Goodreads helps you keep track of books you want to read.
Start by marking “What I Do: More True Tales of Everyday Craziness” as Want to Read:
What I Do: More True Tales of Everyday Craziness
Enlarge cover
Rate this book
Clear rating

What I Do: More True Tales of Everyday Craziness

3.88 of 5 stars 3.88  ·  rating details  ·  250 ratings  ·  14 reviews

In "What I Do: More True Tales of Everyday Craziness," the second volume of Jon Ronson's collected Guardian journalism, he hilariously demonstrates how our everyday lives are determined by the craziest thoughts and obsessions; how we spend our time believing in and getting worked up by complete nonsense. But also, as he chillingly demonstrates, there are clever people wor

Paperback, 288 pages
Published November 2nd 2007 by Picador (first published January 1st 2007)
more details... edit details

Friend Reviews

To see what your friends thought of this book, please sign up.

Reader Q&A

To ask other readers questions about What I Do, please sign up.

Be the first to ask a question about What I Do

This book is not yet featured on Listopia. Add this book to your favorite list »

Community Reviews

(showing 1-30 of 791)
filter  |  sort: default (?)  |  rating details
Great read, but yet another Ronson book that I feel like I've read before?! Does Ronson recycle material??

Once again, his shorter, more personal pieces don't show him in the best light -- but the longer pieces in the second half of the book are exceptional. The essay "Who Killed Richard Cullen?" is heartbreaking.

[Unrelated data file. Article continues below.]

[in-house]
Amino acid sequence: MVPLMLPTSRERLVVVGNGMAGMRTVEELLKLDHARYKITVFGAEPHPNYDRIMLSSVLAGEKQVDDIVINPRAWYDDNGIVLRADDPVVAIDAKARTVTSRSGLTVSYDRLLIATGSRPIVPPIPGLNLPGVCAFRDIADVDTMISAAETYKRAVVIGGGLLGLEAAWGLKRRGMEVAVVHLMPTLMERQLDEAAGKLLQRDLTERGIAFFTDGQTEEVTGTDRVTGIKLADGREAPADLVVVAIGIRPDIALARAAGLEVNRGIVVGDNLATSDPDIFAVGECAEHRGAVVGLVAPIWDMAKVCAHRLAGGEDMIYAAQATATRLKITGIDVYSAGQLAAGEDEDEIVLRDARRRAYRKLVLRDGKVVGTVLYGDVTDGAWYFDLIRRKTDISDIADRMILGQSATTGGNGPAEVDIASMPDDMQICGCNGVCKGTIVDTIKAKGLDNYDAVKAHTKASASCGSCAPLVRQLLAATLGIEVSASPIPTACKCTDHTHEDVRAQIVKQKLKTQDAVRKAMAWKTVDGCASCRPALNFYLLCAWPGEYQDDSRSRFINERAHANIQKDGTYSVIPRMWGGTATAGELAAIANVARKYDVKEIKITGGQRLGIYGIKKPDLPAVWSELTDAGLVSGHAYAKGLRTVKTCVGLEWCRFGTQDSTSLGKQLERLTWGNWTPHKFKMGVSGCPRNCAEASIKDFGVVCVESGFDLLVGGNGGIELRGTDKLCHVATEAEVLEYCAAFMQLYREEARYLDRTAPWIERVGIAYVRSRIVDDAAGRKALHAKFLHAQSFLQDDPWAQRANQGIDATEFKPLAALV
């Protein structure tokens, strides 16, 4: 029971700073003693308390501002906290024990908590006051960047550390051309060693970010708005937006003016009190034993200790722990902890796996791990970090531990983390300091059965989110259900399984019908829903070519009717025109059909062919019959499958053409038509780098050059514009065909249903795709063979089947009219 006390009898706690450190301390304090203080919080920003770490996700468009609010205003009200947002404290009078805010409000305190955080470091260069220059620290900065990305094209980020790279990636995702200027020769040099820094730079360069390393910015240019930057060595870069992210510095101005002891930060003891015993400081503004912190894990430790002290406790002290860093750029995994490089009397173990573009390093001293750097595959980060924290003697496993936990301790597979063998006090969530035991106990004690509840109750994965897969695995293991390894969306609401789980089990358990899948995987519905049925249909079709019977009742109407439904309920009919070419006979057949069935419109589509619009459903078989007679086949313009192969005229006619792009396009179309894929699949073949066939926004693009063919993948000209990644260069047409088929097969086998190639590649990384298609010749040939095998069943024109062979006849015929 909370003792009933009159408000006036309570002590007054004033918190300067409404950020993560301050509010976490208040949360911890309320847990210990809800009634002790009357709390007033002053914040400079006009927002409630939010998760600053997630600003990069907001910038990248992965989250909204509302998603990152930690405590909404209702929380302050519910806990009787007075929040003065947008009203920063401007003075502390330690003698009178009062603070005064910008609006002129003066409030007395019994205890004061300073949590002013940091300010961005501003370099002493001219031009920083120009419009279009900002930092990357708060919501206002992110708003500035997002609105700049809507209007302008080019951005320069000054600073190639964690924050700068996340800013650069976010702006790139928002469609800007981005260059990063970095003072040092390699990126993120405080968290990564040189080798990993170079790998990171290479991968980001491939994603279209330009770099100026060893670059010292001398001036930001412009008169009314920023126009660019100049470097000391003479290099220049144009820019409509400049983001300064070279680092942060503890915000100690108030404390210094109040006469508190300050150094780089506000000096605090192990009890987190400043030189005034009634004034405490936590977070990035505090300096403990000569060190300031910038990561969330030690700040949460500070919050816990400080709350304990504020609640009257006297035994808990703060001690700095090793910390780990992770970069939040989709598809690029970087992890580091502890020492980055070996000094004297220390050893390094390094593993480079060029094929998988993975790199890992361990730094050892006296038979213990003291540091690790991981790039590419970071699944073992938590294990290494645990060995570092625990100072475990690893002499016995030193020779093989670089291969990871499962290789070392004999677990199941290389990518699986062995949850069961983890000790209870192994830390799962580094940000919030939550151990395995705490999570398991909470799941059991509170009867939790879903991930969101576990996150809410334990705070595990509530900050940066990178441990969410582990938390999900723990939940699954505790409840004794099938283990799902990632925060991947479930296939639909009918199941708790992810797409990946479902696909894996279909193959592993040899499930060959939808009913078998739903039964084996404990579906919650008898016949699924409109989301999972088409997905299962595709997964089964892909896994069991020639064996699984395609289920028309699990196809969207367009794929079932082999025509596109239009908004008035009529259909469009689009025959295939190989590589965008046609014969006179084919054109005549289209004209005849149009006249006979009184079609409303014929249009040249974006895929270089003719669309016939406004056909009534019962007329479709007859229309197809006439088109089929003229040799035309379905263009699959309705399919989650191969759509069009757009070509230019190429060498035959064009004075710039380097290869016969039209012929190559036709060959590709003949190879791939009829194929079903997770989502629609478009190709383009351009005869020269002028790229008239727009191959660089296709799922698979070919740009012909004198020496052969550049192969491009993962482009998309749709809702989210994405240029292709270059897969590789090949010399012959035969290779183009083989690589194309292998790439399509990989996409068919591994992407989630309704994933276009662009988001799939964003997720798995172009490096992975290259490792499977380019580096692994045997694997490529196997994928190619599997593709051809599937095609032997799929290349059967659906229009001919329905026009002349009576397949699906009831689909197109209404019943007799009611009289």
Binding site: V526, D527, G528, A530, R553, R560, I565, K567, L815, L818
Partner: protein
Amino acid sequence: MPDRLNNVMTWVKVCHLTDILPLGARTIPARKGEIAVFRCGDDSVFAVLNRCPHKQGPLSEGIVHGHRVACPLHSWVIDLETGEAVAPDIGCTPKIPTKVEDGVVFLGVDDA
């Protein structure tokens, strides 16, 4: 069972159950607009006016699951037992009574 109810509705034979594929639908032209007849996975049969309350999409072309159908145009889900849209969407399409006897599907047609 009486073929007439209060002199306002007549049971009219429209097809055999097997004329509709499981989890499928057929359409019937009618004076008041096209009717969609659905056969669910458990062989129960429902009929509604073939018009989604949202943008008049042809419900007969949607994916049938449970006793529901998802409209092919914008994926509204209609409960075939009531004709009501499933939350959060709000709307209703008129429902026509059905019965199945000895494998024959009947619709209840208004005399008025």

David Williams
I do hope Jon Ronson is well paid for his journalism if only to compensate his wife Elaine for his indiscreet (and hilarious) revelations of the everyday bickerings and point-scoring that punctuate their marriage and parenting. The humour of course comes partly from recognizing our own marital relations in theirs.

This collection, like the earlier 'Out of the Ordinary' has plenty of such domestic scenes, making the purchase worthy in itself, but we also have Ronson's brief and fascinating immersi...more
James Cridland
It's okay.

It's a collection of stuff from The Guardian, basically - like other of Ronson's books, though this one is less connected.

Ronson's rather embarrassing personal revelations make up half the book (made more embarrassing by the fact that I identified with almost all his 'odd' behaviour). The second half of the book consists of a few longer-form articles, culled from the pages of Guardian magazines.

One piece, about credit card hucksters, makes Ronson appear like a consumer affairs jounalis...more
I've decided that I'm making my book reviewing life easier by giving a book either one or five stars. this book gets one because about fifteen pages in and I was beginning to hate the writer as a neurotic Guardian reading liberal. Maybe you'll immediately relate to the neurotic world view that Ronson portrays but I didn't. However, I wonder if Ronson will read this review? What if he does and decides to look me up? He's a journalist, he will have methods of finding people. What if he attacks me...more
Like "Out of the Ordinary", about half of the content is found in his other books.
Kristina Pasko